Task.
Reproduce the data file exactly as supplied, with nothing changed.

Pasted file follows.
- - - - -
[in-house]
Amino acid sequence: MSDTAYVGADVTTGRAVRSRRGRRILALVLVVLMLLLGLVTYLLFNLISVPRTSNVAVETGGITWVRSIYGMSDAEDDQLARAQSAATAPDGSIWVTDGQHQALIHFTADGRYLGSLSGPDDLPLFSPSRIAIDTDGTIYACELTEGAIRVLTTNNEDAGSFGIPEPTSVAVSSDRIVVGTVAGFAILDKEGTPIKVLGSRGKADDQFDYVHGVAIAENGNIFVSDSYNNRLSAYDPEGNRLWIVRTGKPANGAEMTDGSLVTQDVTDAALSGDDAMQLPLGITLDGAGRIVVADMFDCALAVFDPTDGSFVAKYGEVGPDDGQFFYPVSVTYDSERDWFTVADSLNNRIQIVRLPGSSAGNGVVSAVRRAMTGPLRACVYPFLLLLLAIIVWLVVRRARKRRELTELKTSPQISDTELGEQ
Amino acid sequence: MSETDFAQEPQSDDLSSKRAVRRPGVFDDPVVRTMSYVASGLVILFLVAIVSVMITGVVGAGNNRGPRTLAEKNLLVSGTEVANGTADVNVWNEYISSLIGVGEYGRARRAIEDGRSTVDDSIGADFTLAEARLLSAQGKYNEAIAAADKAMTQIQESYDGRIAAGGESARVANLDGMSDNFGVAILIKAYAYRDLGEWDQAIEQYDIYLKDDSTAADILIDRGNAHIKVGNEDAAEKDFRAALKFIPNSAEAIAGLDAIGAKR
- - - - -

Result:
[in-house]
Amino acid sequence: MSDTAYVGADVTTGRAVRSRRGRRILALVLVVLMLLLGLVTYLLFNLISVPRTSNVAVETGGITWVRSIYGMSDAEDDQLARAQSAATAPDGSIWVTDGQHQALIHFTADGRYLGSLSGPDDLPLFSPSRIAIDTDGTIYACELTEGAIRVLTTNNEDAGSFGIPEPTSVAVSSDRIVVGTVAGFAILDKEGTPIKVLGSRGKADDQFDYVHGVAIAENGNIFVSDSYNNRLSAYDPEGNRLWIVRTGKPANGAEMTDGSLVTQDVTDAALSGDDAMQLPLGITLDGAGRIVVADMFDCALAVFDPTDGSFVAKYGEVGPDDGQFFYPVSVTYDSERDWFTVADSLNNRIQIVRLPGSSAGNGVVSAVRRAMTGPLRACVYPFLLLLLAIIVWLVVRRARKRRELTELKTSPQISDTELGEQ
Amino acid sequence: MSETDFAQEPQSDDLSSKRAVRRPGVFDDPVVRTMSYVASGLVILFLVAIVSVMITGVVGAGNNRGPRTLAEKNLLVSGTEVANGTADVNVWNEYISSLIGVGEYGRARRAIEDGRSTVDDSIGADFTLAEARLLSAQGKYNEAIAAADKAMTQIQESYDGRIAAGGESARVANLDGMSDNFGVAILIKAYAYRDLGEWDQAIEQYDIYLKDDSTAADILIDRGNAHIKVGNEDAAEKDFRAALKFIPNSAEAIAGLDAIGAKR